Suzanne Santoro was born in Brooklyn, New York on June 7, 1946. Her childhood was spent in museums and art classes at the Brooklyn Museum as scholarship student after which she went on to earn a degree in Fine Arts from the School of Visual Arts in New York City as a full four year scholarship student. There her fellow student was Joseph Kosuth and professors such as Dore Ashton, Mel Bochner, Salvatore Scarpitta. So, she was very much exposed to and influenced by painting and sculpture form the 50’s and 60’s, then also by minimalism and conceptual art. Then, she studied set design at New York University. Her association with Dori Asthon led to a working relationship with Mark Rothko which brought her to Rome where she decided to stay. Suzanne then began her studies of ancient and classic art, concentrating on female statuary in ancient Roman sculpture.
In 1974 she published the book “Towards New Expression”. The book explored the drapery on classical female statuary whereby the author found underlying structures representing the female sexual form. The publication of the book then led her to explore this theme further by making molds of various parts of the female body in trasparent polyester resin. Tihs book laid the foundation for her work up through the present. Suzanne’s work caused quite a stir when her book, “Towards New Expression” was censored by The Institute of Contemporary Arts in London. Roszika Parker wrote “Censored”, a three page article dedicated to Suzanne’s work in Spare Rib in 1977. Often represented in art history publications, Suzanne has, among others, been discussed by Rozsika Parker, Griselda Pollock, Hilary Robinson and Mary Kelly.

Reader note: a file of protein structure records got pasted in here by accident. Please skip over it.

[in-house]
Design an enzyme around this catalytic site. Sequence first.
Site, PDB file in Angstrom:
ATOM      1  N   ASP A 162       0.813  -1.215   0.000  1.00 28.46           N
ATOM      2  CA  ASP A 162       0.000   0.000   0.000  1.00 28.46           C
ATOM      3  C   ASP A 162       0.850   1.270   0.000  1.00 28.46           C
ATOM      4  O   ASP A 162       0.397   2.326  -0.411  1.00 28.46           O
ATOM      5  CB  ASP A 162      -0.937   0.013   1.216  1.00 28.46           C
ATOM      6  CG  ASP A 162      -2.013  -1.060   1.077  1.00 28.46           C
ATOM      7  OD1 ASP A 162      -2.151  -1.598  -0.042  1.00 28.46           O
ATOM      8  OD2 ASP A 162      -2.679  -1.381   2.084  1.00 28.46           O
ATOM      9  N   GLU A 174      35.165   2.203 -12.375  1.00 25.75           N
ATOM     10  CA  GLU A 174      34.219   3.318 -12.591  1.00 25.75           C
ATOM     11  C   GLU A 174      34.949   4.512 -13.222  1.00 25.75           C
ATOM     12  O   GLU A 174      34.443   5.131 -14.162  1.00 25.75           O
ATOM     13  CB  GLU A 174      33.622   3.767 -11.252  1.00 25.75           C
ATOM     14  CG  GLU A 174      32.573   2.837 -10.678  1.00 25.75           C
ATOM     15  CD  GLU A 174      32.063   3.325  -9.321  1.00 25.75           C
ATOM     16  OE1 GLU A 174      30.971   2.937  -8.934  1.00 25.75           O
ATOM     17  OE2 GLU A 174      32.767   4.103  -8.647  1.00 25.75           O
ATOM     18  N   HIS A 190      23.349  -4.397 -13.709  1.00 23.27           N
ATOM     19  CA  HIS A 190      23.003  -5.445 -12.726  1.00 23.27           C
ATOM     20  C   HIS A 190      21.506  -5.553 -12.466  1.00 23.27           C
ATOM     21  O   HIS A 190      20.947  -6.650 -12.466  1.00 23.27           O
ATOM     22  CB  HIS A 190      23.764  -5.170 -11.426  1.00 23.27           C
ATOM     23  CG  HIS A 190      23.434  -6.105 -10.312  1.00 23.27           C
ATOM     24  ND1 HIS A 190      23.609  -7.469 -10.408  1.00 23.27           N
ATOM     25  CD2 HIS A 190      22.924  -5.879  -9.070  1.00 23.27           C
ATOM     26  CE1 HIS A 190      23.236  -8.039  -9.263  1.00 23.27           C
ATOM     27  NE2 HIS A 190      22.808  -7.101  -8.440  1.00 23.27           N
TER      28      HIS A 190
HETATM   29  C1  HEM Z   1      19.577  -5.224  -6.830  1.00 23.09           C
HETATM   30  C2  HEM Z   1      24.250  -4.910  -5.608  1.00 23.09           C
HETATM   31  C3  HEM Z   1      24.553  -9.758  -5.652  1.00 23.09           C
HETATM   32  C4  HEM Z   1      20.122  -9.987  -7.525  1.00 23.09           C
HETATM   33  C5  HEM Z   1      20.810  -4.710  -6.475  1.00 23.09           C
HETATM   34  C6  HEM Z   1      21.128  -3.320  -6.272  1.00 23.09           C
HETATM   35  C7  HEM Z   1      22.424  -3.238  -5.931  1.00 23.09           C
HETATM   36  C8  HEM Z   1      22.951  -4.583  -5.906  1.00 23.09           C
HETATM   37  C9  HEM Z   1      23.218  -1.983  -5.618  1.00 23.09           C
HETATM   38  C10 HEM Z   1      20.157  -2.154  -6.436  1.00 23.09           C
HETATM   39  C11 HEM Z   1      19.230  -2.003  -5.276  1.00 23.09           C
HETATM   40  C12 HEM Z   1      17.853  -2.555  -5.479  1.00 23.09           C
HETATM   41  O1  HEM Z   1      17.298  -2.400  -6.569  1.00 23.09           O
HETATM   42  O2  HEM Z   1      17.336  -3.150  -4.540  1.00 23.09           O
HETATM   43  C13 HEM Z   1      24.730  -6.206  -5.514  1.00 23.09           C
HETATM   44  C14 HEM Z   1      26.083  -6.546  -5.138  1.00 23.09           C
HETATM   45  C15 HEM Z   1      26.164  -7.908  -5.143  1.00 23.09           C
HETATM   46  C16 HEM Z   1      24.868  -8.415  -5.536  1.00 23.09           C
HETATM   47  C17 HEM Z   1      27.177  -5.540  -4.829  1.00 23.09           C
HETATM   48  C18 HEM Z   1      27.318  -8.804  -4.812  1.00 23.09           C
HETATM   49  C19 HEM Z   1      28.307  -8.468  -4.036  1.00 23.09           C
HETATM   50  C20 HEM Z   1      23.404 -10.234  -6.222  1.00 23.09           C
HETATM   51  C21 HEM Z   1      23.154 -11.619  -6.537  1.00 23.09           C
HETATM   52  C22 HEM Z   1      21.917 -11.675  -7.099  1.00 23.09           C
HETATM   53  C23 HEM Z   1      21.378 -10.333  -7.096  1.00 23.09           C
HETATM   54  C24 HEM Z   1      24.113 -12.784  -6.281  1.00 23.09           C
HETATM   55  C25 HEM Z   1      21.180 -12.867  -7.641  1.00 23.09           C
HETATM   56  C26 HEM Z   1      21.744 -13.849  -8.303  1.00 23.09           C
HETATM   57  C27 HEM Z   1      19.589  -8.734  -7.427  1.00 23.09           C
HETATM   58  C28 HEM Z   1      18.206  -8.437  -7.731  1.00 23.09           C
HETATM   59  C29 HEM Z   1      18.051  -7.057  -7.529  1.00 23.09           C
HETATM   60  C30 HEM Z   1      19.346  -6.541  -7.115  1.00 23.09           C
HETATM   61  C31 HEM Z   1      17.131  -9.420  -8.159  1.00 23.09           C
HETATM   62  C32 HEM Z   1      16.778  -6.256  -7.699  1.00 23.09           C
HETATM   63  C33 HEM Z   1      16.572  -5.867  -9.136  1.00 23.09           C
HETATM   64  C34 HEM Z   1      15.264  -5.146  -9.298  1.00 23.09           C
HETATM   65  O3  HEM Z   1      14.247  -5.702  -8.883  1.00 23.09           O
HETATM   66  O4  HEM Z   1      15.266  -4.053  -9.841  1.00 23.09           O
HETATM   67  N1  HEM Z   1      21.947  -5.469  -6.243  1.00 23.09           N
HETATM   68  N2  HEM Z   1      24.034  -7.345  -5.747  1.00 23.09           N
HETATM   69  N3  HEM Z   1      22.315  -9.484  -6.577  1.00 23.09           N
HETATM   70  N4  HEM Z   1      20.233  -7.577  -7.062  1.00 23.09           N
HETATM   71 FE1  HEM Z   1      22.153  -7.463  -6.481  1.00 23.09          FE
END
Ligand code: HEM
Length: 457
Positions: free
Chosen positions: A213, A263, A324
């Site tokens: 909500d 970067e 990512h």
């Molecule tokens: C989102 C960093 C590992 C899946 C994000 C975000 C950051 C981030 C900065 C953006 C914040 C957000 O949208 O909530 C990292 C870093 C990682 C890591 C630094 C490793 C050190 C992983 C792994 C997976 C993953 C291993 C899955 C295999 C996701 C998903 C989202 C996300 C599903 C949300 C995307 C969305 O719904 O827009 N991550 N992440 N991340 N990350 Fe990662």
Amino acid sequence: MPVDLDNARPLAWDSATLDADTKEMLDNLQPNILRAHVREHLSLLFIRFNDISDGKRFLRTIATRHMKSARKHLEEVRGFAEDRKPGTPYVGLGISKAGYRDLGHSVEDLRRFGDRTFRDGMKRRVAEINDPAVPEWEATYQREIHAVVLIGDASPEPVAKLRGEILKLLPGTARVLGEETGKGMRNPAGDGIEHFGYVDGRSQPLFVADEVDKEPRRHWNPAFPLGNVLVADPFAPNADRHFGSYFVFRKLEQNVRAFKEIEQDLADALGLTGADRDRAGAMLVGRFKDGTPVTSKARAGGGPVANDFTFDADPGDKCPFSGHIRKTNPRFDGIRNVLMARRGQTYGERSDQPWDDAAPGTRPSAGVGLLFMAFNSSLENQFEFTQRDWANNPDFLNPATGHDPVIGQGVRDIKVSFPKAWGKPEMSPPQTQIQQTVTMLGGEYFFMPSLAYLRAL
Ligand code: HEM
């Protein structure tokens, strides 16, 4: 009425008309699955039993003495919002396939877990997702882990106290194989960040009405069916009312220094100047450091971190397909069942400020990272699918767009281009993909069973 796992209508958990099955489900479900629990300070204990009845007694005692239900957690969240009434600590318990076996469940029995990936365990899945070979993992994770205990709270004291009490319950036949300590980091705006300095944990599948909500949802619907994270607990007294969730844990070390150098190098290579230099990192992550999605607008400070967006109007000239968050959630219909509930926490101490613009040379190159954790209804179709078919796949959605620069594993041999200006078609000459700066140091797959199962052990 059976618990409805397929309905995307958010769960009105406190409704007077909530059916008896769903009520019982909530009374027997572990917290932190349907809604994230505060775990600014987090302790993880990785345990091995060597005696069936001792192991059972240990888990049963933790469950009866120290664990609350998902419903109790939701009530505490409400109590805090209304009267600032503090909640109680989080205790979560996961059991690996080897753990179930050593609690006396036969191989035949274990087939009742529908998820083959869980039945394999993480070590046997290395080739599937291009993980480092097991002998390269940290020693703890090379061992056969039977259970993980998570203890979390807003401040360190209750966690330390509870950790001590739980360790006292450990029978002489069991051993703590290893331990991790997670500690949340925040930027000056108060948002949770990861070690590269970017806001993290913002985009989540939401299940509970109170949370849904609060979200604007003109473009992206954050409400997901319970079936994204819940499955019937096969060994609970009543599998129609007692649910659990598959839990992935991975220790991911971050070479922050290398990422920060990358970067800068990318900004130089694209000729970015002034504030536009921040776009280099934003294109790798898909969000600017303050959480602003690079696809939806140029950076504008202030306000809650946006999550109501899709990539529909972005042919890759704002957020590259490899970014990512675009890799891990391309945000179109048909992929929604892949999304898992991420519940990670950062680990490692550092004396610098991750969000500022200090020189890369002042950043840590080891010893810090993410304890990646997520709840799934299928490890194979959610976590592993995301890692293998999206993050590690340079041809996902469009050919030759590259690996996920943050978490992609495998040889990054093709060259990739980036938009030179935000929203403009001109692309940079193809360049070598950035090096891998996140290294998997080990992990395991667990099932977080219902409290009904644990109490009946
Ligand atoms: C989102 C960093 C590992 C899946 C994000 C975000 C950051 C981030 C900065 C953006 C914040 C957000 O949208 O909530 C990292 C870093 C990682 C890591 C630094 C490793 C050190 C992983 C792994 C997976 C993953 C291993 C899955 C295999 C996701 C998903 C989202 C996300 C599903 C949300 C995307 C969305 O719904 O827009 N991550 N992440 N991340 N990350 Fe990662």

In 1975, Suzanne, along with ten other italian women (and artists) founded the Beato Angelico Cooperative in Roma, Italy. Among them were Carla Accardi, LeoNilde Carabba, Anna Maria Colucci, Nedda Guidi, Stephanie Oursler, Silvya Truppi. They exhbited contemporary and historical works by women artists like Artemisia Gentileschi, Elisabetta Sirani and Regina. In the intervening years, Suzanne Santoro exhibited her works internationally, lectured and published articles and began her studies as an art therapist.
In 1984, Suzanne earned her degree from the Istituto di Ortofonologia of Rome as Art Therapist, specializing in children’s graphic development. Since 1985, Suzanne has been responsable for the painting and graphic atelier of the Insitute, mainly working with deaf and autistic children between the ages of 8 months through adulthood. She considers her work as an artist highly influenced by her research of the original structures unveiled in the graphic processes of very small children.
Her works are in private and public collections as the National Museum of Women in the Arts, Washington DC and the personal archive of the artists, that includes documents of the Beato Angelico Cooperative, is guarded in Archivia, Casa Internazionale delle Donne,in Rome. At present, Suzanne is painting and exhibiting internationally.